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Updated: August 31, 2013 15:19 IST

Carpenters’ tricks will help you crack maths

Mithosh Joseph
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Easy Maths. Photo: S. Ramesh Kurup
The Hindu
Easy Maths. Photo: S. Ramesh Kurup

Sudheesh Minni, a young mathematics teacher from Vadakara, has came out with a self-learning book that incorporates the traditional calculation methods of carpenters and astrologers.

Mathematics is a hard nut to crack for many a student, and the challenge before teachers is to arouse the interest of students through easy and entertaining methods. Faced with the situation, Sudheesh Minni, a young mathematics teacher from Vadakara, tried several methods and finally came out with a self-learning book which unravels the secrets of learning mathematics in an entertaining way.

Unlike ordinary math-learning tools, Mr. Sudheesh has tried a totally different method, which incorporates the traditional calculation methods of carpenters and astrologers. The technique, explained in the form of easy exercises, helps students make problem-solving in mathematics, including addition, subtraction, multiplication and average calculation, an exhilarating experience. A student can solve the exercises himself.

“Ancient traders and carpenters did calculations quickly and properly. Their process of additions and subtractions were logically fit and accurate, but we ignored those traditions,” says Mr. Sudheesh.

He points out that the Indian method of addition and subtraction were done by ‘Sankalana Vyavakalanabhyam’ sutra, which carries out addition and subtraction together.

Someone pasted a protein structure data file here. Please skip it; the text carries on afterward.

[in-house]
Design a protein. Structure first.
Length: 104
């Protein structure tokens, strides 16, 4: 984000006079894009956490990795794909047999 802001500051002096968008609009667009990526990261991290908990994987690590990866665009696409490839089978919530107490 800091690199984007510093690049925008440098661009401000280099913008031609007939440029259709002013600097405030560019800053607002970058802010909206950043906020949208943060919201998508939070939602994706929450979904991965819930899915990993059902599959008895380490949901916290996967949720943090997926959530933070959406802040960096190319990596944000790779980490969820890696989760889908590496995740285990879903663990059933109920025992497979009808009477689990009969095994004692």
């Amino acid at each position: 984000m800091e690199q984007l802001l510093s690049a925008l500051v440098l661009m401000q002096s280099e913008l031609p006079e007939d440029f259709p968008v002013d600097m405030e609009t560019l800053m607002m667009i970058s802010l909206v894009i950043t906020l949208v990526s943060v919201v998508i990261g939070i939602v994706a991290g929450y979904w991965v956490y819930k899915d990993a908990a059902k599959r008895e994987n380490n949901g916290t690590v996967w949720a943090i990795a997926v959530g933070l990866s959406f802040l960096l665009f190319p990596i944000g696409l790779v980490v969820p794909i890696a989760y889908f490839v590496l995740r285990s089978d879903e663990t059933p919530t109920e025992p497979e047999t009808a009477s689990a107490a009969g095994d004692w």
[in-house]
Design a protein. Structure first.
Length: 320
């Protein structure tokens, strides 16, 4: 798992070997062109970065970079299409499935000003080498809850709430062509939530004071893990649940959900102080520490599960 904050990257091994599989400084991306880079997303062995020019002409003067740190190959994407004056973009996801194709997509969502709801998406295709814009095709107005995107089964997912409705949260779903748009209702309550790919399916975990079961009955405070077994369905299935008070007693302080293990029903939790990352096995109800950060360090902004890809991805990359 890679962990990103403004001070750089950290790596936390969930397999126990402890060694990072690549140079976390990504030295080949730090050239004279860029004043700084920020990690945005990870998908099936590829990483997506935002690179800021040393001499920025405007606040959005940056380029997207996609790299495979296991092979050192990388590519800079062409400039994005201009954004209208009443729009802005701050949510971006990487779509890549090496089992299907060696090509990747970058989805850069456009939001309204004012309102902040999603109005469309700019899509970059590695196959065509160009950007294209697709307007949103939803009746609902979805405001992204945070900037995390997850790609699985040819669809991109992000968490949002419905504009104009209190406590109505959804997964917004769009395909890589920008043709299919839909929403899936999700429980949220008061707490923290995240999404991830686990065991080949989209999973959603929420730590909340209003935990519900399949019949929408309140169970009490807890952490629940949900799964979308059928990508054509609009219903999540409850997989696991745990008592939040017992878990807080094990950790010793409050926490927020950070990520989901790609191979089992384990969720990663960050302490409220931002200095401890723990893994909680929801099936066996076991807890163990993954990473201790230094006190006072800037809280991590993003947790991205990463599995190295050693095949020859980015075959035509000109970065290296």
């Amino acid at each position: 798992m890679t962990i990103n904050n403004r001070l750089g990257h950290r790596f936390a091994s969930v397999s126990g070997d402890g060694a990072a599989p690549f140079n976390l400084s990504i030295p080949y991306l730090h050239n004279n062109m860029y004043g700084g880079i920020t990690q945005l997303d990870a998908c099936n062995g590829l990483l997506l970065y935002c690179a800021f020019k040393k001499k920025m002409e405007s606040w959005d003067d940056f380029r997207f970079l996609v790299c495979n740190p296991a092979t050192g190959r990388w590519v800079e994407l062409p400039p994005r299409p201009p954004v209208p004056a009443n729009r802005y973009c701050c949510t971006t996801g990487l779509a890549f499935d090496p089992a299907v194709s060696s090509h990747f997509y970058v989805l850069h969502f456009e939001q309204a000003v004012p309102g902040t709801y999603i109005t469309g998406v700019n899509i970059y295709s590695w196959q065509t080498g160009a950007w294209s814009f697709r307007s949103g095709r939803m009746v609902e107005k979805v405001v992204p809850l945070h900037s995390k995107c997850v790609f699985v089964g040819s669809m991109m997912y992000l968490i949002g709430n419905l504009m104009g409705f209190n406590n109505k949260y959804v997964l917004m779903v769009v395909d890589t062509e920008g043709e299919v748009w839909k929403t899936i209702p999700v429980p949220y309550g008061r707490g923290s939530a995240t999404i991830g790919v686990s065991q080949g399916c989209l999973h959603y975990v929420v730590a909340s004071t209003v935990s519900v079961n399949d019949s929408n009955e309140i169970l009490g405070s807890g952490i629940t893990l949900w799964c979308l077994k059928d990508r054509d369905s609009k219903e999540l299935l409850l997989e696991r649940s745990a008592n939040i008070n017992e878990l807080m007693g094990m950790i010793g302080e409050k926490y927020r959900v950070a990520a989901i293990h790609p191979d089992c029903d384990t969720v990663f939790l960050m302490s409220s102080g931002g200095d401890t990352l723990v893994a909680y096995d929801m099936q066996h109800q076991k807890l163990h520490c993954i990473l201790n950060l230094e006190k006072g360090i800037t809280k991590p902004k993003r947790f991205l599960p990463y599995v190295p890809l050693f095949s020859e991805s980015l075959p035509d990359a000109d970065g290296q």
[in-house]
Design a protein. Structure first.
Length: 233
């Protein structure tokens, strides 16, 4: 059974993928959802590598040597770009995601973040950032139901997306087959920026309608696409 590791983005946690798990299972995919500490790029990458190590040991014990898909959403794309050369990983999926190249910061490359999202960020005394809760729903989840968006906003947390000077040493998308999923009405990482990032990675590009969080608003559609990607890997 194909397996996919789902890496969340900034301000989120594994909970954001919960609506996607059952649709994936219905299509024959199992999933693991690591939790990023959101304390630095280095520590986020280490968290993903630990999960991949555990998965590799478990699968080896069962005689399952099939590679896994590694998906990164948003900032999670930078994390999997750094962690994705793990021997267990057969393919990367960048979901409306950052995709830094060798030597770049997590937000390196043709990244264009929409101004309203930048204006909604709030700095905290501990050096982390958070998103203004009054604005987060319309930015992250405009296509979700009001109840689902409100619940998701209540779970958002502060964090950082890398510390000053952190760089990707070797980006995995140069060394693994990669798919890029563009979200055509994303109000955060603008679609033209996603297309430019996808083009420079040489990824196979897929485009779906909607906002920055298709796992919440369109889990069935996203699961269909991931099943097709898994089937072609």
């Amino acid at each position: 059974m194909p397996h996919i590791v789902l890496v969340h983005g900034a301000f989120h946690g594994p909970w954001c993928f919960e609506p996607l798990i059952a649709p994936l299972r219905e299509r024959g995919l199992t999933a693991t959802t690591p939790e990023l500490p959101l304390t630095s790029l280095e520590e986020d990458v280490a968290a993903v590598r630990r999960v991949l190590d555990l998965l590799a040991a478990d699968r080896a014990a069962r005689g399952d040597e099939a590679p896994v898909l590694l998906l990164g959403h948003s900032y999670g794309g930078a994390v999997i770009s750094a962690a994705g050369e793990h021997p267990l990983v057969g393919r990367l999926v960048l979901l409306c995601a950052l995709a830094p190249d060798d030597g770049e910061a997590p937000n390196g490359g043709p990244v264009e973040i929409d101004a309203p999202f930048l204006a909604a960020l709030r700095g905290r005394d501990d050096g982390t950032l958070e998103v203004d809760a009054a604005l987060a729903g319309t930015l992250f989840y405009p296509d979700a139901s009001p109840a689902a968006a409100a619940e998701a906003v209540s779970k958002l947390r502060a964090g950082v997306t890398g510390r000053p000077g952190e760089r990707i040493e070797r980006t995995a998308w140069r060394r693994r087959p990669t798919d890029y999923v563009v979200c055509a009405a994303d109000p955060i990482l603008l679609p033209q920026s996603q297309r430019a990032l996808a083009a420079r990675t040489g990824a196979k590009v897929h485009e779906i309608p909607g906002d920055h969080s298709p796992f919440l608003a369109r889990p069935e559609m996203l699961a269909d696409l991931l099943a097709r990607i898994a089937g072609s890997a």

An easy exercise given in the book is sufficient to kindle one’s curiosity to mine further. Finding the answer for the problem — 63+42+34+52+43-36 — will be a quick tool to explain the method. At first, add the right side digits of all numbers to be added (3+2+4+2+3) and then subtract the last right side digit (6).

The answer will be 8. In the next step, add the left side digits of all numbers to be added (6+4+3+5+4) and deduct the left side digit of the number to be subtracted (3). The answer will be 19. When we write together both these figures in the left and right side, the final answer will be 198. Several similar interesting tools are explained in the book. The book titled ‘Easy Maths’ has five levels, and Mr. Sudheesh plans to publish all of them within two years. Request has been forwarded to the Central Board of Secondary Education to consider the scope of including the new work in the school curriculum in such a way to help students from Class V to XII.

“For preparing the book, I have spent several hours in discussion with carpenters and astrologers. To incorporate their techniques in a scientific way, I referred works including ‘Vasthusasthram,’ ‘Aryabhadeeyam,’ ‘Leelavathi’ and ‘Brihat Samhitha,” says Mr. Sudheesh. He has made some corrections in the book taking into account students’ suggestions. Thousand copies of the book have been distributed among the students on an experimental basis and according to Mr. Sudheesh, the work is evoking a very positive result. For details, call: 96458 24103.

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